Writer and broadcaster Afua Hirsch is winning widespread praise online for her powerful and plain-speaking comments about society's "toxic racism" problem.
Hirsch, author of the acclaimed book Brit(ish), made her comments during Friday's episode of topical panel show The Pledge on Sky News. During a discussion about the BBC's decision to fire radio presenter Danny Baker after he posted a shamefully racist tweet of the Royal baby, Hirsch refused to let her fellow panel members paint Baker – rather than Meghan Markle, Prince Harry, and their baby son – as a victim.
"How is he the victim? This is a pregnant woman who had to arrange new levels of protection because of the levels of racist abuse that she was receiving, which escalated when she announced that she was pregnant," Hirsch said.
Speaking about the escalating prejudice faced by Markle, the Duchess of Sussex, Hirsch continued: "She has always had racist abuse but when she announced that she was pregnant it multiplied because there is so much toxic racism in our society.
"That isn't Danny Baker's fault, but what is Danny Baker's fault is that he did something that was so offensive that when I first saw it I actually thought it was a prank Nobody who the BBC has given a platform to could be stupid enough could say this and not intend for it to be racist.
"We could talk about unintended racism or micro-aggressions, this is none of those. This is the most blatant, clear-cut example of racism. Generations of people have recognised that this as an overtly racist trope. Within people's lifetimes, people were still being compared to monkeys and dehumanised regularly."
Watch her comments on The Pledge below.
The video of Hirsch's comments has now been liked nearly 60,000 times on Twitter, and earned overwhelmingly positive endorsements from followers including Widows actress Cynthia Erivo, who tweeted at Hirsch: "Thank you for risking your space like this."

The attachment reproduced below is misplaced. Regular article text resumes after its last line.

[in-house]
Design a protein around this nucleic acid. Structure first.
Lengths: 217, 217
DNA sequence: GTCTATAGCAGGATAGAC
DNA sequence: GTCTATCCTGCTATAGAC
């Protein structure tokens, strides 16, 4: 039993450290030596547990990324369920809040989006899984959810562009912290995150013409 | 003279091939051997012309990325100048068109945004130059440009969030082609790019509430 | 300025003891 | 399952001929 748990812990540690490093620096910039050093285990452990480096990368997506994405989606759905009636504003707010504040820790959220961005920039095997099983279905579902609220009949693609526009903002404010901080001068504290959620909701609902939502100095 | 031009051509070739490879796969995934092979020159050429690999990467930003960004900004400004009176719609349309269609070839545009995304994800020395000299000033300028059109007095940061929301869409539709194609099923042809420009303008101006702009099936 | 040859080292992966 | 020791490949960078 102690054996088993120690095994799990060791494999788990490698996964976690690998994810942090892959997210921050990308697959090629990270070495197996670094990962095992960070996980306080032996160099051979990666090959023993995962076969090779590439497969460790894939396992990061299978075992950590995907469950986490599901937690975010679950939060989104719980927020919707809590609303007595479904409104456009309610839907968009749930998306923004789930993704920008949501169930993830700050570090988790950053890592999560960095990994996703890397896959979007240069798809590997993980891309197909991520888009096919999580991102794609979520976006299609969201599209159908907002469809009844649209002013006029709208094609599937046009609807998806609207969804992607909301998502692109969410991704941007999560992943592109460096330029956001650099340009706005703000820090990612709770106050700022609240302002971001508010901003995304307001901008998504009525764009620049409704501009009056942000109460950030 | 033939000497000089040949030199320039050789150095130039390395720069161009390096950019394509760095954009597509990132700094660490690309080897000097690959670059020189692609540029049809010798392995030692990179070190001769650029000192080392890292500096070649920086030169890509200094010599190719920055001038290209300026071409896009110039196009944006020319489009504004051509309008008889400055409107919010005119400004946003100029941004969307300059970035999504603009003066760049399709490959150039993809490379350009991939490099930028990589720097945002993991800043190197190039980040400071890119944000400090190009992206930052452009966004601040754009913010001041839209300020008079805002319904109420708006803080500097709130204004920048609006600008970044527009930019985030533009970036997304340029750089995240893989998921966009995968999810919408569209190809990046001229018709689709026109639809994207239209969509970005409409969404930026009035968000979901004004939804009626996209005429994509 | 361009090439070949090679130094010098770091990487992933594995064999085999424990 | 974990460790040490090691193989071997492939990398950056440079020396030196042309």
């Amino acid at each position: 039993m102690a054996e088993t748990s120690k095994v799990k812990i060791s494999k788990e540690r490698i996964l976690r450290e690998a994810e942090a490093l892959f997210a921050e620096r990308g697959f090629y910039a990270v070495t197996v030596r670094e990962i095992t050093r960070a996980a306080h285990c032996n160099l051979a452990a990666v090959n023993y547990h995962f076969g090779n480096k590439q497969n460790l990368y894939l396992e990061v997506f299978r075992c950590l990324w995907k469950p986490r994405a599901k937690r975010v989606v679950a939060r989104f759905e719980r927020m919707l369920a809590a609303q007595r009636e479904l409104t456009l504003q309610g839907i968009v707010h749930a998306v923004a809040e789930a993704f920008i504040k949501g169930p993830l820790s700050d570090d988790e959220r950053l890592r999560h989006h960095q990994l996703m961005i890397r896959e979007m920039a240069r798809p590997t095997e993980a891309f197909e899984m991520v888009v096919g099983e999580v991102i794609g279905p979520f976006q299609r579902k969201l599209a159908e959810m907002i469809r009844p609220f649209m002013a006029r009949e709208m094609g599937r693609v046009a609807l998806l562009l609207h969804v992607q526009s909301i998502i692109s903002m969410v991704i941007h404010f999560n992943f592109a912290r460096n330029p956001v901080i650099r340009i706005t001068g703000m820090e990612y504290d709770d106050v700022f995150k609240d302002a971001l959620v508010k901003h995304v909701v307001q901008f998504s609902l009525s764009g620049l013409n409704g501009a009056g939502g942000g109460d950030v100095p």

You’re so incredible Afua!! Thank you for risking your space like this. You shouldn’t constantly be put in this position where you’re fighting for your life!! It’s abhorrent!!— Cynthia Erivo (@CynthiaEriVo) May 18, 2019
If we’re at the point where the posting of a monkey for Prince Harry & Megan Markle’s baby #Archie, is not recognised as blatant racism, then what chance do we have of getting ppl to understand what institutional racism is? It’s so dispiriting; well done to @afuahirsch https://t.co/FBZUml1iKI— Dr Zubaida Haque (@Zubhaque) May 18, 2019
Speaking to Refinery29 last year, Hirsch explained why it is so damaging when people claim "not to see colour".
"People say they don't see colour because they're deliberately trying to distance themselves from racism and prejudice," she said. "Obviously I welcome the sentiment that they're trying to distance themselves from prejudice. But I want them to understand that by saying you don't see colour, you're dismissing race as a system – you're dismissing your whiteness and my blackness and the way it operates in society.
"You're also insinuating that if you don't see my colour, you're doing me a favour, because it would be better if it just wasn't there."